This test is also a good way to measure one of the essential principles of high-converting web design: direction, or how a visitor’s eyes move throughout a page.
Whenever a visitor comes to a page, they’re immediately looking for cues telling them where to look. Direction describes how the different pieces of page design work together to guide the visitors’ eyes from one point to another. It can have a profound impact on conversions.
For example, Oli worked with an education client on boosting the conversion rate of their landing page. The original landing page looked like this:
Notice how the woman in the photo is staring directly at you and there are no strong elements on the page guiding you to the core action they want you to do (select an area of interest).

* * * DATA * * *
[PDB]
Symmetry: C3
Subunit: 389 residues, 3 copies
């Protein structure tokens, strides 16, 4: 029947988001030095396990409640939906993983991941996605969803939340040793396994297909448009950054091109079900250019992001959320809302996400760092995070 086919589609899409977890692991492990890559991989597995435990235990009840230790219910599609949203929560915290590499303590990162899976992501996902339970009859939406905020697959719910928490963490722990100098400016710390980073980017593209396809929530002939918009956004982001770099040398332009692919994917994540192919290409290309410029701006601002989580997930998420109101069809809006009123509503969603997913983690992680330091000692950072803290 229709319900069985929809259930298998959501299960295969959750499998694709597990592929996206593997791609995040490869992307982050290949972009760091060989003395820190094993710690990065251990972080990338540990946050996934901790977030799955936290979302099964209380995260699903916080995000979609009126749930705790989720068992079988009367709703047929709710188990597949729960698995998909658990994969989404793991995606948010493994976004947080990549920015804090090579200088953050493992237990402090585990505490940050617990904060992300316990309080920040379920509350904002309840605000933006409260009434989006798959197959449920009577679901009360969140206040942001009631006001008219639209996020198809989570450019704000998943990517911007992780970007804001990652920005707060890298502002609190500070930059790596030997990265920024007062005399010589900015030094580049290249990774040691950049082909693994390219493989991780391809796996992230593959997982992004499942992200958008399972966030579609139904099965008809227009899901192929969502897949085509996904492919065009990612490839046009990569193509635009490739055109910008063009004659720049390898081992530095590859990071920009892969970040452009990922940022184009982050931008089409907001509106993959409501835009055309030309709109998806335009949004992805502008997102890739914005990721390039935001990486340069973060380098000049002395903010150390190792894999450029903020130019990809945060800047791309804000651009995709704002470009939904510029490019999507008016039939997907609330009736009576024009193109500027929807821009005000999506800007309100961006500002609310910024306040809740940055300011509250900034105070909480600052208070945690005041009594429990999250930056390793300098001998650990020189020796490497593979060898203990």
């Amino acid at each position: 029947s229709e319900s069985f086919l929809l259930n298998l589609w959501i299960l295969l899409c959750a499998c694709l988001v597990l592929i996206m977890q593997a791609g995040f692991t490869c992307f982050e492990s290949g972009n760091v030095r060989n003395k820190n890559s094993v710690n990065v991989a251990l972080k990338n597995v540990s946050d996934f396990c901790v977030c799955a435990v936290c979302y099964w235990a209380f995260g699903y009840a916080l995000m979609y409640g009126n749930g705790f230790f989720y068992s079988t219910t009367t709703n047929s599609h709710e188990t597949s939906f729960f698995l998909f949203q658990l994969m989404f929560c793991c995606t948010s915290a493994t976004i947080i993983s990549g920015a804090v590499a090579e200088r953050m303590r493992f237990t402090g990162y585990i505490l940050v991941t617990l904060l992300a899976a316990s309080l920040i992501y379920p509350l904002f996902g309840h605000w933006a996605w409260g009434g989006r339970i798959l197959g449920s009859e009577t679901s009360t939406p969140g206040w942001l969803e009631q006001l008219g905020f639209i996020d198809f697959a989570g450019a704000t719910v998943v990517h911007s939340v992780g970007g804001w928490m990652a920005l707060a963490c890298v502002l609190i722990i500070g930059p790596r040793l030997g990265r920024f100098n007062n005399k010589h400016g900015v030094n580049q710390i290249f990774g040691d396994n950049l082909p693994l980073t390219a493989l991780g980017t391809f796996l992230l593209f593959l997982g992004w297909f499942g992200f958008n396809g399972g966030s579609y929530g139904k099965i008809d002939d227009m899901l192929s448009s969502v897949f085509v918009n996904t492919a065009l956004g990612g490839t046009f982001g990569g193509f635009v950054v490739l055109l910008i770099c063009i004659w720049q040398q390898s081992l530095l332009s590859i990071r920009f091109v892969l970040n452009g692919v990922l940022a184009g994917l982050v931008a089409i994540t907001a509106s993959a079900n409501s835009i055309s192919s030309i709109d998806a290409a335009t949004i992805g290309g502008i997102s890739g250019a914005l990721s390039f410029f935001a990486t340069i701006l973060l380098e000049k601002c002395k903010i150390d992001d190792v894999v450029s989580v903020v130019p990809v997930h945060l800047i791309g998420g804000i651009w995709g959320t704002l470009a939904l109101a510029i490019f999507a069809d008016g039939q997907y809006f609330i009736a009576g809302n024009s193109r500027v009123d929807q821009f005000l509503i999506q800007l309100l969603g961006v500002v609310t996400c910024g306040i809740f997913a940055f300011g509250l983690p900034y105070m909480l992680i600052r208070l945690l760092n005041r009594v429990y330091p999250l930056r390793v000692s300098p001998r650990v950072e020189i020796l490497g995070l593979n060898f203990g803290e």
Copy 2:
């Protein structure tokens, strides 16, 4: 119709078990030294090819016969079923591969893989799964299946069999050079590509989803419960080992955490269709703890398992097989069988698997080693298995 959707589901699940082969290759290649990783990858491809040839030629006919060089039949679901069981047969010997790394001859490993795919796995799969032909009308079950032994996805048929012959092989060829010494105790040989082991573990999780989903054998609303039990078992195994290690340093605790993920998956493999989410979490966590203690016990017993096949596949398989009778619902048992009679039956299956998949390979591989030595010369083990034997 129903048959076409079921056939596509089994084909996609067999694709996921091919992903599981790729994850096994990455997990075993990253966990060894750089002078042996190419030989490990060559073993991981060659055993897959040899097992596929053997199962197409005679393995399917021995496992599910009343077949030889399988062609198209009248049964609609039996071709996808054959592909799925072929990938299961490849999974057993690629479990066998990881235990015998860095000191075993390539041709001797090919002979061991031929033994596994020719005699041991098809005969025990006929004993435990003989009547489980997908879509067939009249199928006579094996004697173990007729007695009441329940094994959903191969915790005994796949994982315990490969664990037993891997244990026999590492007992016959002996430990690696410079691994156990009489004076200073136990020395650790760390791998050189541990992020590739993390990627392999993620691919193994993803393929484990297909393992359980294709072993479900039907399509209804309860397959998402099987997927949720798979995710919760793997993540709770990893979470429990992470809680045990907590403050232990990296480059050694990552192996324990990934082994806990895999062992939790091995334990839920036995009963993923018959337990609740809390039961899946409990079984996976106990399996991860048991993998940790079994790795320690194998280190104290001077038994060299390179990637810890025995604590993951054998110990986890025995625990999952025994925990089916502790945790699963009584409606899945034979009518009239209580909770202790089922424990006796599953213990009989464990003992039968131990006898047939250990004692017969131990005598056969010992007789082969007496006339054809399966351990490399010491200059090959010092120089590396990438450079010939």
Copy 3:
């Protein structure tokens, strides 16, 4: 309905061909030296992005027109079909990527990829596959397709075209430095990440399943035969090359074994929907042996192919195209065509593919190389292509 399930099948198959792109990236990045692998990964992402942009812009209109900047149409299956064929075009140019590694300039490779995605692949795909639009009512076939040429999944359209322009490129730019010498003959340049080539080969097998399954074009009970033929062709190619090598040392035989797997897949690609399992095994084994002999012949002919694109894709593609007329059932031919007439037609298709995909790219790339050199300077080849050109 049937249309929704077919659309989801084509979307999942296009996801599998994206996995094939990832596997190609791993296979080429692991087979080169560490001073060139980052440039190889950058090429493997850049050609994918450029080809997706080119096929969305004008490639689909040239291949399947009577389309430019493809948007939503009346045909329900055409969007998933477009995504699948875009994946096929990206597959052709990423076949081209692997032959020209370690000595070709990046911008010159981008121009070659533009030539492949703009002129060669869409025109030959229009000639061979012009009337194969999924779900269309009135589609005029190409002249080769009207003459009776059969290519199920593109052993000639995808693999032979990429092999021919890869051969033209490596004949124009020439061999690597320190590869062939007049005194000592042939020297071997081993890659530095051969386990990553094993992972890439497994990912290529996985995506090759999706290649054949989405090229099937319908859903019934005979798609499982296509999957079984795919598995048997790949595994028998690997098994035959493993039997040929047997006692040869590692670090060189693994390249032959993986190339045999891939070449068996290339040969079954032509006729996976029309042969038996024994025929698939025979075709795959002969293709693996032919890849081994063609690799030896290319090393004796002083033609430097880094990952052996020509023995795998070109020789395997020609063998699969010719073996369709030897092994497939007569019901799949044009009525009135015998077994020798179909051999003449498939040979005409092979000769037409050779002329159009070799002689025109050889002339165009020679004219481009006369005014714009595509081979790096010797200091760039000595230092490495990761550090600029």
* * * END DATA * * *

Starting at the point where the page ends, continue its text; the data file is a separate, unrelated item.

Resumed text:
Oli ran the 5 second test and confirmed this to be true. Only 22% of page viewers knew what level the program was. Worse, only a mere 8% of viewers could recall the course being taught.
So Oli decided to use the design principle of direction to fix this. At first, he added a photo of a person looking toward the headline. Then, for an even more dramatic effect, he added a green line, showing users where to look on the page, like this:
He ran the 5 second test two more times and instantly saw an improvement in visitor recall. In fact, with the directional cue, the number of people who knew what level the program was doubled. And the number of people who could recall the course increased by 275%!
Here are the results:
“That’s how important direction and guiding visitors eyes through the page is,” Oli says. Imagine being able to almost double a page’s performance just with a simple photo swap.
So if you want to boost conversions on your page, consider these direction-based design tips: